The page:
Pimco Is Dominating the Market for Argentina’s Bond That Pays 68%
The securities, originally issued in June 2017 and maturing in 2020, pay a floating coupon tied to the country’s benchmark interest rate, which stands at just under 68%. Pimco has increased its position in the securities by about two-thirds this year, and now owns almost 40% of the total 104 billion pesos ($2.4 billion) issue, according to the bond-fund manager’s most recent regulatory filings.
While nominal returns in recent quarters have been huge -- the notes reset at a coupon rate of 68.5% in March -- gains had been eroded somewhat by a depreciating peso. Not so this time around. The currency has weakened less than 1% versus the U.S. dollar since the end of March, a relief for investors in Argentine assets who convert their proceeds into greenbacks. Pimco’s profits would depend significantly on the extent to which it hedged its foreign-exchange exposure.
The asset manager declined to comment on its Argentine holdings.
The bond’s coupon is set to adjust again June 21. Argentina reopened the auction Thursday in part to allow investors to roll over their interest payments and avoid outflows that could fuel currency volatility. The country sold 33 billion pesos of the security -- known locally as Bopom -- and will hold a second round exclusively for market-makers from 10 a.m. to 1 p.m. on June 18.
At these levels the securities “are one of our top picks,” said Juan Manuel Pazos, chief economist at Buenos Aires-based broker TPCG Valores SA. Even if Argentina’s central bank takes steps to allow its key benchmark to fall, “I expect a gradual rate decrease,” he said, adding that if volatility were to pick up, officials would have to quickly shift policy.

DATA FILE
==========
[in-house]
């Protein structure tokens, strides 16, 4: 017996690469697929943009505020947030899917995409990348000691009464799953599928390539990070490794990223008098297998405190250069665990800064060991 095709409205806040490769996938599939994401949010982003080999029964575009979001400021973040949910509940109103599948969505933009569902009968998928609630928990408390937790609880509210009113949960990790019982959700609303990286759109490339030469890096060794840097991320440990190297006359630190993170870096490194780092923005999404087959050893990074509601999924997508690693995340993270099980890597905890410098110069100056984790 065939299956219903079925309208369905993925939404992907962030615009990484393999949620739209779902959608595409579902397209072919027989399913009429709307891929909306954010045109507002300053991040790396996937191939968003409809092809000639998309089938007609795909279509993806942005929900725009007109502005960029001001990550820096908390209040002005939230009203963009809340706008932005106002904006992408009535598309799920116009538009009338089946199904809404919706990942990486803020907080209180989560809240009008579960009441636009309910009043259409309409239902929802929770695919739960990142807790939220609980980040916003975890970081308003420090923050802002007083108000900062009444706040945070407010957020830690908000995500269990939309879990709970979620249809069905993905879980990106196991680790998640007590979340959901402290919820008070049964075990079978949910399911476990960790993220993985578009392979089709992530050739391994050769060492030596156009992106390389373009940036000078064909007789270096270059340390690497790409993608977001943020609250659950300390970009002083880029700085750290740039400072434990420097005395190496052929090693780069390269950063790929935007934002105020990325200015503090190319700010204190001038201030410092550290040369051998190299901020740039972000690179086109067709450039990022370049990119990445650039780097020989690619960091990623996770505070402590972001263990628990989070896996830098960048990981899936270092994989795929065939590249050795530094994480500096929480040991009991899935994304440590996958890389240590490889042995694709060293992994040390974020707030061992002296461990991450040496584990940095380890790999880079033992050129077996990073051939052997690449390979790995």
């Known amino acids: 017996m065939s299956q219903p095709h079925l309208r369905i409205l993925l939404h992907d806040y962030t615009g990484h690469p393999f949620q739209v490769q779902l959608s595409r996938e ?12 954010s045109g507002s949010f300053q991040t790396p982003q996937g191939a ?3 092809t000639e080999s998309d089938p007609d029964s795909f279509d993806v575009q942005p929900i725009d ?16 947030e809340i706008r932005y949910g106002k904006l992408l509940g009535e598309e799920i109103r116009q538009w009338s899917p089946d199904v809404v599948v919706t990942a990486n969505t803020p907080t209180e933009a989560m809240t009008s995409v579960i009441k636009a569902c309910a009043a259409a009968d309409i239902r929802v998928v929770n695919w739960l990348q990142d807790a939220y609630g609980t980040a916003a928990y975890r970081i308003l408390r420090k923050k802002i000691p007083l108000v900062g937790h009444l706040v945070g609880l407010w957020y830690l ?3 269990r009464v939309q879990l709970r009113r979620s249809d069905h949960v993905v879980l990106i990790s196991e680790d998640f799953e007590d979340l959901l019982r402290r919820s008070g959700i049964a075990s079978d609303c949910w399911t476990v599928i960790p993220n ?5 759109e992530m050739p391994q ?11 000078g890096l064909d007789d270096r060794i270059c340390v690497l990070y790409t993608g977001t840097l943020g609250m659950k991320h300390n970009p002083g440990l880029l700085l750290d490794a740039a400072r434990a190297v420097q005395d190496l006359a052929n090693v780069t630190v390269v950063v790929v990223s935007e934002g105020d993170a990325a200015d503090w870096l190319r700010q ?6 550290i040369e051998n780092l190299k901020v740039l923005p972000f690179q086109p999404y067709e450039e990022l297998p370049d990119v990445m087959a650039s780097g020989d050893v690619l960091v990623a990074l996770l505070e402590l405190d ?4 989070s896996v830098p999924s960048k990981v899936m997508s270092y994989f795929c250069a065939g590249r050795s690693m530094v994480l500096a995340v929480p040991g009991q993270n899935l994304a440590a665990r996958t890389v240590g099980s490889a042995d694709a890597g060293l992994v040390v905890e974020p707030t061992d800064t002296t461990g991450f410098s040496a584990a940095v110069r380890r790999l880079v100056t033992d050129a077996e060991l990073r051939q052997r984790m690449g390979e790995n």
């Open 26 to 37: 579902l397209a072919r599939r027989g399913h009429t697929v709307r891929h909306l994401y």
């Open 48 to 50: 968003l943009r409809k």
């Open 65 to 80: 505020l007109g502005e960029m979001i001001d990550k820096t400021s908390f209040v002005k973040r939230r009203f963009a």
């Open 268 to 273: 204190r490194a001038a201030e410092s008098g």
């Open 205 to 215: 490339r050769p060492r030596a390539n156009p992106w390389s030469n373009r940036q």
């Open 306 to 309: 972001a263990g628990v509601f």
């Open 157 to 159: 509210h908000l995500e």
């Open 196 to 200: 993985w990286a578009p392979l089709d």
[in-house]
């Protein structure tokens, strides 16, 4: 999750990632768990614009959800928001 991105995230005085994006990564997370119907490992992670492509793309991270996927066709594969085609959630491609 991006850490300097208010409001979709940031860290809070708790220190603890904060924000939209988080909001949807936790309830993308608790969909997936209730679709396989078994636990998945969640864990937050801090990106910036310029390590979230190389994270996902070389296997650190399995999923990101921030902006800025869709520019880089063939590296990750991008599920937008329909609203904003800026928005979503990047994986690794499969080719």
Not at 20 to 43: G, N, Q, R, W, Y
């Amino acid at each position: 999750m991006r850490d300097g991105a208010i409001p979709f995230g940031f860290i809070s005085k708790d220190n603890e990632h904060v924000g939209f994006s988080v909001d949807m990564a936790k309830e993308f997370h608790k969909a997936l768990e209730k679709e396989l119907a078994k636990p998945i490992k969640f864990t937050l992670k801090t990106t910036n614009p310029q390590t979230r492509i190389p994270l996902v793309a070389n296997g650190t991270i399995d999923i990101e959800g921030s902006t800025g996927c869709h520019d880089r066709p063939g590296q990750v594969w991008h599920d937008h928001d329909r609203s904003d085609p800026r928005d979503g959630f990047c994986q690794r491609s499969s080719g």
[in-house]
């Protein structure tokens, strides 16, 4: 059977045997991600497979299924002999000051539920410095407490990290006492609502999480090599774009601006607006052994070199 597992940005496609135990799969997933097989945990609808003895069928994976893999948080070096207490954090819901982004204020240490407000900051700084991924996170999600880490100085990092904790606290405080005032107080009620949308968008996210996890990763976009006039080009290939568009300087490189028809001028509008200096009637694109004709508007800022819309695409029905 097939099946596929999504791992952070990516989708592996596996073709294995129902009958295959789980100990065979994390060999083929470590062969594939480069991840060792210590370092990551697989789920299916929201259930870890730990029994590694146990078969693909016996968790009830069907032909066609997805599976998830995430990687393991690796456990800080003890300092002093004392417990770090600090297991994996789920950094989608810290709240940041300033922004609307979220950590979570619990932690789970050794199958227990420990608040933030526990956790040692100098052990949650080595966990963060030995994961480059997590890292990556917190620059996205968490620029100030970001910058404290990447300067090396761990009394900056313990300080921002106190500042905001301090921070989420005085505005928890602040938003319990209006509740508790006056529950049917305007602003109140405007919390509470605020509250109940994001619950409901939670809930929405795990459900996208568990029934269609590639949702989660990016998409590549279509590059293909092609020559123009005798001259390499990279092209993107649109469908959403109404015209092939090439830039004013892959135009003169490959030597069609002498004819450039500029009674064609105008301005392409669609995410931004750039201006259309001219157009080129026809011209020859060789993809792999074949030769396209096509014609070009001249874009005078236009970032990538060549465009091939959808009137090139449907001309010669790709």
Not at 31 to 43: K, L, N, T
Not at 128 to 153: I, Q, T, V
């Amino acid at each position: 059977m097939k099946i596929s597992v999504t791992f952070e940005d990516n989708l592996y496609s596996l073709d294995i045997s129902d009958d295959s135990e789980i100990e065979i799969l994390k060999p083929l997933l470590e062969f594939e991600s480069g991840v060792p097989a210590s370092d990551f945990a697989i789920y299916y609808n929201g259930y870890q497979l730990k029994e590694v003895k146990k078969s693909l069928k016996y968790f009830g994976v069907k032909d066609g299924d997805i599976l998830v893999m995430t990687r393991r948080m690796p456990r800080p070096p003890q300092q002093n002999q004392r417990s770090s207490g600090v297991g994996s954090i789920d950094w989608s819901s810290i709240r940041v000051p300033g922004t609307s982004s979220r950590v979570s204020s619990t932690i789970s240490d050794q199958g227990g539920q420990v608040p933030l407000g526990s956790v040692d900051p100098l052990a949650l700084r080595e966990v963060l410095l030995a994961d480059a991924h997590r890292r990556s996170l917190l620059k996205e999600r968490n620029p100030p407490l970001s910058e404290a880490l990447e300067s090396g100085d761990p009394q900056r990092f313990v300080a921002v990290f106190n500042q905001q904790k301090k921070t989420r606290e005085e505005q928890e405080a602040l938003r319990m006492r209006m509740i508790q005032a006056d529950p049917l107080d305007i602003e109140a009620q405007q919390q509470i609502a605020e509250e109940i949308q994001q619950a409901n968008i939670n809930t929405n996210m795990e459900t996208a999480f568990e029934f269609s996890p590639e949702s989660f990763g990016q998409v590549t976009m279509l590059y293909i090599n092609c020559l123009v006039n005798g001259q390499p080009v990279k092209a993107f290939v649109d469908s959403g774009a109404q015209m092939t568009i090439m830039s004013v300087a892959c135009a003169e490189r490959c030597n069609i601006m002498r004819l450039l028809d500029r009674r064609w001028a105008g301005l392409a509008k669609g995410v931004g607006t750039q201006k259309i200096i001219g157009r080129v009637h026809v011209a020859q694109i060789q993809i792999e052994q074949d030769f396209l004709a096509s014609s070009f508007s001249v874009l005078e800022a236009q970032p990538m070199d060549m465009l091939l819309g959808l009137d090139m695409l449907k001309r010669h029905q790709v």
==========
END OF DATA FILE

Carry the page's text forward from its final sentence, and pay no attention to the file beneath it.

The $125 billion Pimco Income Fund, co-managed by Dan Ivascyn, holds more than half of the investment firm’s allotment of the securities. Still, all Argentine debt accounts for less than 2% of the fund’s total assets, according to data compiled by Bloomberg. The fund has outperformed 99% of its peers over the past five years but has lagged more recently.
When Argentina issued the bond two years ago, the country’s benchmark rate was a more modest 26% amid expectations President Mauricio Macri would be able to revive an economy that stagnated under his populist predecessor. That optimism was quickly dashed in 2018 as the nation fell into recession, the peso dropped the most in the world and the country was forced to seek an emergency line of credit from the International Monetary Fund.
Amid resurgent inflation, policy makers boosted rates to 40% in May 2018, then 60% in August and over 70% by October while changing the benchmark used as the key reference for the nation’s policy rate.
Still, a recent survey by the Argentine central bank shows economists expect interest rates to end the year at about 55%. Even more worrisome for investors may be the fact that Macri is facing stiff competition in his bid to secure a second presidential term in October from less market friendly tickets.
By Pablo Rosendo Gonzalez and Patrick Gillespie
With assistance by John Gittelsohn, Carolina Millan, and Ignacio Olivera Doll